Unless the payload is made up exclusively of Bedouins unused to any form of transport other than a camel, the overwhelming likelihood is that the passengers know how to fasten a seatbelt.
Not only is that piece of advice irrelevant, but it serves as an attention-disqualifier: Oh, yeah, our subconscious mutters, all the usual stuff to which we don’t have to pay attention to.
Glance around you the next time you’re on a flight, and you will confirm that 99% of travellers don’t pay a blind bit of attention to the instructions which, in the event of a mishap, might save their lives.
When, for example, the flight attendant suggests that those on board check where their nearest exit is, with the inevitable added hint that it might be behind where they are seated, not a head turns to ascertain the location.
Most people are too concentrated on eking out the last second of mobile phone use before they’re told to switch off the device.
The instructions are also stupid in sequence and delivery.
The attendant wraps himself or herself in the safety jacket to be found under the seat, demonstrating how to secure it.
Do they ever stop dead and say “folks, this matters, put down your phone and pay attention”?
They plough through the demo with the kind of visible boredom that would get them fired if they were TV cooks explaining how to chop an onion.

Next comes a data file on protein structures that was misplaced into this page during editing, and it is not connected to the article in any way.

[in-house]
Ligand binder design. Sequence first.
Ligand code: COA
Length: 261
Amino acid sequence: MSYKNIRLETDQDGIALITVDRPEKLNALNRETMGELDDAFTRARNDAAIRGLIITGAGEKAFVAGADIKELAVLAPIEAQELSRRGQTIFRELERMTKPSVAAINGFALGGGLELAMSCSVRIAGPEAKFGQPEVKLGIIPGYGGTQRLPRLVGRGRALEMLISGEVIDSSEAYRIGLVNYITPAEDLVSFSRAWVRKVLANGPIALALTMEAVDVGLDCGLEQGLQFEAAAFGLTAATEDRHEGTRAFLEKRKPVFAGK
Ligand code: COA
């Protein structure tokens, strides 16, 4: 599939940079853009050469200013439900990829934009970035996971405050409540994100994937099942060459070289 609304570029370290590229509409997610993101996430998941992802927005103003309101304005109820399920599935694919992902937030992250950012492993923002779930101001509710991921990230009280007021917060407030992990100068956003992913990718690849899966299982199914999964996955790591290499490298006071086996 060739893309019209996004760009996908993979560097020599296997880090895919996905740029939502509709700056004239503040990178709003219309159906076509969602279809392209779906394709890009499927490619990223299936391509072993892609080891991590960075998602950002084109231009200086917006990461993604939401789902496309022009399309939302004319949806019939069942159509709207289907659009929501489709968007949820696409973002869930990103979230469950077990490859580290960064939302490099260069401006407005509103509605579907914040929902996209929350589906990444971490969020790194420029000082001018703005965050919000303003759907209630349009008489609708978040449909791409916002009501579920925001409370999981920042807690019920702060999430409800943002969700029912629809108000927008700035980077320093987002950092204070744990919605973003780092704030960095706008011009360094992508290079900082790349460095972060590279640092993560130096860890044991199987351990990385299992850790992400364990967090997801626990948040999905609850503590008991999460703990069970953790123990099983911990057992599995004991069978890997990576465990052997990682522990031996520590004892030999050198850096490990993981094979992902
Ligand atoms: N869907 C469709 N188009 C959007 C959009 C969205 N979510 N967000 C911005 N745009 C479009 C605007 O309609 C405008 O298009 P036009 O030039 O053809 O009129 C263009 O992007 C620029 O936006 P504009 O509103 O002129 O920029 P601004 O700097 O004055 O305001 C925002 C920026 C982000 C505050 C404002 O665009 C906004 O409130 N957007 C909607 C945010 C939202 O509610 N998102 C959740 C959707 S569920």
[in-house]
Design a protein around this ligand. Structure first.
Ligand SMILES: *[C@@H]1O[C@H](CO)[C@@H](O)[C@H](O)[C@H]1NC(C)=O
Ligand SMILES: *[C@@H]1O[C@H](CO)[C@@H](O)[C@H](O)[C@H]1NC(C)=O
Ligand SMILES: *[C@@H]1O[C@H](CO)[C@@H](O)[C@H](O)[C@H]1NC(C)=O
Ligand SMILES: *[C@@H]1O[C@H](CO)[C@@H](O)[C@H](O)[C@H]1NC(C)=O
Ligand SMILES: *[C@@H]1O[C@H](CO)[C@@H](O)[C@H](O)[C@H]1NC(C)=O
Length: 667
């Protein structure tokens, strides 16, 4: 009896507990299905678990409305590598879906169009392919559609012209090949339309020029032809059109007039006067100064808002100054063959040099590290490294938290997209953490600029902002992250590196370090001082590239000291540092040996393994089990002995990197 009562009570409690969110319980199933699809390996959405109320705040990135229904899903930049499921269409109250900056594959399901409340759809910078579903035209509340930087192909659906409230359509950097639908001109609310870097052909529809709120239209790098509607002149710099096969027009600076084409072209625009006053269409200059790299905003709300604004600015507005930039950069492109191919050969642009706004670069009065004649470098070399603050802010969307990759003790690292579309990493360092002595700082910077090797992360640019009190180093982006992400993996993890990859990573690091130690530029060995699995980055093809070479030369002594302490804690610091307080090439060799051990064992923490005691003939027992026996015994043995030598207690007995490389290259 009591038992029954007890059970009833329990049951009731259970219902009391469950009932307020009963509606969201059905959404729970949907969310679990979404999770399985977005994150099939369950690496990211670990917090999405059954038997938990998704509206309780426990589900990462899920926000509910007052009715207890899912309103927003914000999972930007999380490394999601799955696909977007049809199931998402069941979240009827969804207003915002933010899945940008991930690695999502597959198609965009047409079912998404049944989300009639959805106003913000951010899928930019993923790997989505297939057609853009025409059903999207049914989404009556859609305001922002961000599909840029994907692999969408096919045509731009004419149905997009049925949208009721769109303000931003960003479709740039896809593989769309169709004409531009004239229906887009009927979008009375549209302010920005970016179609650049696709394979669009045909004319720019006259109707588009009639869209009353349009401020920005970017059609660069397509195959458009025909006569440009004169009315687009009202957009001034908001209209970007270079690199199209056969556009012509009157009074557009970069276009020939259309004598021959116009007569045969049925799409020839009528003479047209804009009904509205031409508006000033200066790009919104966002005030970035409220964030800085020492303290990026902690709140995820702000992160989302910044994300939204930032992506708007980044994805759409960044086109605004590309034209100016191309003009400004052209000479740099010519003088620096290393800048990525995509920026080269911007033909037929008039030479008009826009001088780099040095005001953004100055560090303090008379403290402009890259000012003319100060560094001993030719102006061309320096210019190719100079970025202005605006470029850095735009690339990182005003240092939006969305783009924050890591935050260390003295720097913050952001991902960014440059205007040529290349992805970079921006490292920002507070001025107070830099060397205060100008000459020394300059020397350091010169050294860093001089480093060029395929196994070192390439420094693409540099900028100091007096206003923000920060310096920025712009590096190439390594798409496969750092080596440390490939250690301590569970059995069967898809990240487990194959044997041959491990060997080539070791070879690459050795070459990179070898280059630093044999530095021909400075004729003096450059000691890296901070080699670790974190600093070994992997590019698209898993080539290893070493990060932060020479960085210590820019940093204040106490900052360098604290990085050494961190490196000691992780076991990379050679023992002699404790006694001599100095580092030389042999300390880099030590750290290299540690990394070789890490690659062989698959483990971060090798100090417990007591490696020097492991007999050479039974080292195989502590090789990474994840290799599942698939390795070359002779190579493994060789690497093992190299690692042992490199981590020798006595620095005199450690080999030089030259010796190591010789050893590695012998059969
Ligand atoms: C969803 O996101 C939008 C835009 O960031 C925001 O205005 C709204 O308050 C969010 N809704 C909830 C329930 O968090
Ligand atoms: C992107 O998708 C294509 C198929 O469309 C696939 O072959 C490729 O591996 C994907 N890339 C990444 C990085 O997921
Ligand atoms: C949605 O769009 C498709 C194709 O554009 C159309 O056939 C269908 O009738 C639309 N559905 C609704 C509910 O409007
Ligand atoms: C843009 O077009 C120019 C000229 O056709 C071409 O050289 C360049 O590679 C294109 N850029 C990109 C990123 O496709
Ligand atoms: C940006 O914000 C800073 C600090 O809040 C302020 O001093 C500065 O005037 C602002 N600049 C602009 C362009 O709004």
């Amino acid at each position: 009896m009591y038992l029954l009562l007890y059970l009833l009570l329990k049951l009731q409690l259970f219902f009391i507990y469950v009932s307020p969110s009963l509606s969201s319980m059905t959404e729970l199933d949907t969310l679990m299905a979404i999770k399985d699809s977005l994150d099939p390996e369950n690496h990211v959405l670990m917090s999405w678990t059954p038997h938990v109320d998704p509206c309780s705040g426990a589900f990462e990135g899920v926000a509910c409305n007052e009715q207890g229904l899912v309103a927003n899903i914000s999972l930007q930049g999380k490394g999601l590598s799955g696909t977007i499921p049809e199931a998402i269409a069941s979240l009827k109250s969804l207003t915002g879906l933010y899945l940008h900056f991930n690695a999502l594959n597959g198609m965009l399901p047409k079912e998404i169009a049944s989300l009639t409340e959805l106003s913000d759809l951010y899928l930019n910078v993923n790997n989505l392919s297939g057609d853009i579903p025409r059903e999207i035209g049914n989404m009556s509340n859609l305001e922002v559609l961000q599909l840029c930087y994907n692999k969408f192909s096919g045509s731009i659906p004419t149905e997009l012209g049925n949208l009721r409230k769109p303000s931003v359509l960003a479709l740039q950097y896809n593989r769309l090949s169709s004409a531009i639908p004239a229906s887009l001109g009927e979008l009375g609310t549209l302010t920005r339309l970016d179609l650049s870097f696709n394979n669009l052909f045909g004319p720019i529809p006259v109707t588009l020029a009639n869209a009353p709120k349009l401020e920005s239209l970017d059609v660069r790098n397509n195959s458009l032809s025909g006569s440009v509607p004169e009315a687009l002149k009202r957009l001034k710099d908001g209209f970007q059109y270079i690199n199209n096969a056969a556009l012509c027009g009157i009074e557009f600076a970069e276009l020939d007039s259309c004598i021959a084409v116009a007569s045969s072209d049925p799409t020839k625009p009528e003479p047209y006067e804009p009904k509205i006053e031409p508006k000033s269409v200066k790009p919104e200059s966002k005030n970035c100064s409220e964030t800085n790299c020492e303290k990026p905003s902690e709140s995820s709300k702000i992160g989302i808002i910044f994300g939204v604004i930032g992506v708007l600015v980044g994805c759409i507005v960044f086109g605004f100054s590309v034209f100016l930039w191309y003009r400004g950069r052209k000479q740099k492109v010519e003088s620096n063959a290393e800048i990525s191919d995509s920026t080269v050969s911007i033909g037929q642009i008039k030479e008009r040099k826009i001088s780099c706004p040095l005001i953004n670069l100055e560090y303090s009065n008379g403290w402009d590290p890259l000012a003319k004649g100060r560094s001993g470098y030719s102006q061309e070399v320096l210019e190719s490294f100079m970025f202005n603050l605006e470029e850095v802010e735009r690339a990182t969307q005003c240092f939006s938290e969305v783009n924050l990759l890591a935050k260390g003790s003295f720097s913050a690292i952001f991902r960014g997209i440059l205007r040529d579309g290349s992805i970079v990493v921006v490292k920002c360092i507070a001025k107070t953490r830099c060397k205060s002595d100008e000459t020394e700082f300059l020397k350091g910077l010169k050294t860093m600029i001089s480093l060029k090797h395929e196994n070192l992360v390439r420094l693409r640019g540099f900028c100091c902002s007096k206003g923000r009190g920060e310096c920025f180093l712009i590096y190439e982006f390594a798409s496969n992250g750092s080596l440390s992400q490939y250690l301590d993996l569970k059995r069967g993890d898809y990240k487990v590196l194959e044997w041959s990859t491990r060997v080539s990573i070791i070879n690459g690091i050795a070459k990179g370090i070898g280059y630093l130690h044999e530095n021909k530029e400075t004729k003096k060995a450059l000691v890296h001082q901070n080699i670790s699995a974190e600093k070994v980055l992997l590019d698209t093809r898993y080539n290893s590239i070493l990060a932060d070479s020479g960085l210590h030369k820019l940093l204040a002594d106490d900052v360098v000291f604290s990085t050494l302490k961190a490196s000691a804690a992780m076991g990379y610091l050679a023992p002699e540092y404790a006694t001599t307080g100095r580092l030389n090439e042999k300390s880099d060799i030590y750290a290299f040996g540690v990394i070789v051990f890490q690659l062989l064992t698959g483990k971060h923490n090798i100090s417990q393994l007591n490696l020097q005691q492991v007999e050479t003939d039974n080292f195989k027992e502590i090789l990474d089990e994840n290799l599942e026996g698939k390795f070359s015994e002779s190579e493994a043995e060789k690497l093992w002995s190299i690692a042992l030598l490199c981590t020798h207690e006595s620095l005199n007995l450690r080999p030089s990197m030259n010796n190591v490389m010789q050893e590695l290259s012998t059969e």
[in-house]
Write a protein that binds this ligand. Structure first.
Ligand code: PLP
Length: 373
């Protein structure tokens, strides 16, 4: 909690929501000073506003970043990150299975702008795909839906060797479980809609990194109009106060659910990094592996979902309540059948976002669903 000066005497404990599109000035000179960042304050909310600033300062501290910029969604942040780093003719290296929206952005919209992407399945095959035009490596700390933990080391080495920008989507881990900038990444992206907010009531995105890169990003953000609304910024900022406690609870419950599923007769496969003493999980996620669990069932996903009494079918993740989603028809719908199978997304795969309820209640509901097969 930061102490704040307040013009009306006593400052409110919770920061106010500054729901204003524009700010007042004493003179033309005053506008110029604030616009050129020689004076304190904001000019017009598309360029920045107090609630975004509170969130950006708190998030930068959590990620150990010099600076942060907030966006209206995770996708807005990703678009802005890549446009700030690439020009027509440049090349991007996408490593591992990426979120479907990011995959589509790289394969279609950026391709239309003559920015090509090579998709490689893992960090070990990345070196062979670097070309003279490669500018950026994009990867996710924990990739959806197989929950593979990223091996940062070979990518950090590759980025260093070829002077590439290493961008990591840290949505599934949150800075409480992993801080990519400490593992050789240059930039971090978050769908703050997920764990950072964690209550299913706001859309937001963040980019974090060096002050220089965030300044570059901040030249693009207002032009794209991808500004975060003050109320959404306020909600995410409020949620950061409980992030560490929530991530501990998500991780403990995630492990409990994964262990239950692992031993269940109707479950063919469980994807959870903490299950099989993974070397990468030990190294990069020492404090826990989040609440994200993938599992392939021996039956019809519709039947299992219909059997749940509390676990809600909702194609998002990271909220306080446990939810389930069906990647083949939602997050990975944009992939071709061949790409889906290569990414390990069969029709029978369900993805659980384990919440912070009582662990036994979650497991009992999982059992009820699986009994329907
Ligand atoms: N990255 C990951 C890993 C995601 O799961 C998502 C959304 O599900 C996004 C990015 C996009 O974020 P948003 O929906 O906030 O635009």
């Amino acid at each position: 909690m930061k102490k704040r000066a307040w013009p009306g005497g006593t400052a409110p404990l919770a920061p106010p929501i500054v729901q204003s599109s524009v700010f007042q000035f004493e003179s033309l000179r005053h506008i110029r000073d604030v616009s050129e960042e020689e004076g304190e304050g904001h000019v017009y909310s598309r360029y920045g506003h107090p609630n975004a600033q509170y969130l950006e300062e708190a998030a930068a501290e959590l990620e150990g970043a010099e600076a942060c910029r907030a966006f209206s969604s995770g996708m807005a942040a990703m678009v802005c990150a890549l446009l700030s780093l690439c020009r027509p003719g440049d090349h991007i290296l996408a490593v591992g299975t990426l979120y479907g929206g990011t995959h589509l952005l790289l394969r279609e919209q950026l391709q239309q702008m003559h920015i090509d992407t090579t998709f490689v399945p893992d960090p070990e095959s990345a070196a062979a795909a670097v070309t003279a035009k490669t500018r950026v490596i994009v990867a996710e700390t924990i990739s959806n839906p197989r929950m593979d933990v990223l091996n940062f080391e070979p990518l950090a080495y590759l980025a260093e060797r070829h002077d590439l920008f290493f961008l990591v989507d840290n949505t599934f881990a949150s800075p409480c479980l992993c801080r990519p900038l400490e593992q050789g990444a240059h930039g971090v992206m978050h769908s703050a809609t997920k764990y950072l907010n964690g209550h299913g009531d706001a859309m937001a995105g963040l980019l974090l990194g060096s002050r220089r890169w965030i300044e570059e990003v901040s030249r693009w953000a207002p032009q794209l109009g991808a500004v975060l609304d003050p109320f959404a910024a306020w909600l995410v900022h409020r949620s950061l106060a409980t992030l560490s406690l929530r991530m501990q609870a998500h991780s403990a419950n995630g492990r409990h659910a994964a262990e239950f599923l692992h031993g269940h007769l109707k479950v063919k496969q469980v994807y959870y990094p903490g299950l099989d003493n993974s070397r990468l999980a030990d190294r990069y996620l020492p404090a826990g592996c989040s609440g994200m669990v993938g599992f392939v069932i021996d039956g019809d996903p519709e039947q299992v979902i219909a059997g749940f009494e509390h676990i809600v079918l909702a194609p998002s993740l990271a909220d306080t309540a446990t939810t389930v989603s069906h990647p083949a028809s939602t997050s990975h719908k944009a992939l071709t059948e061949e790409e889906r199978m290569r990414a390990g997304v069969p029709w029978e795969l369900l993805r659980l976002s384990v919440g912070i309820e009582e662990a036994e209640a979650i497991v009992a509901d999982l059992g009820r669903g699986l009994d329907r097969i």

They blow listlessly into a tube to illustrate how the thing can be topped up, ignoring the obvious question: “Why would it need topping up? Do these things leak? When was the last time the one under my seat was checked for leaks?”
Worst of all, they tonelessly announce that the jacket shouldn’t be inflated within the cabin, leaving it to the deductive power of the non-listeners to work out that if you inflate a life jacket in the cabin, you may be too fat to get out of the same cabin.
When people lose their lives as the result of an air crash, the explanations almost always boil down immediately to one of two possibilities — pilot error or mechanical failure.
The Emirates flight offers a relevant third possibility: Uninformed idiocy on the part of the passengers.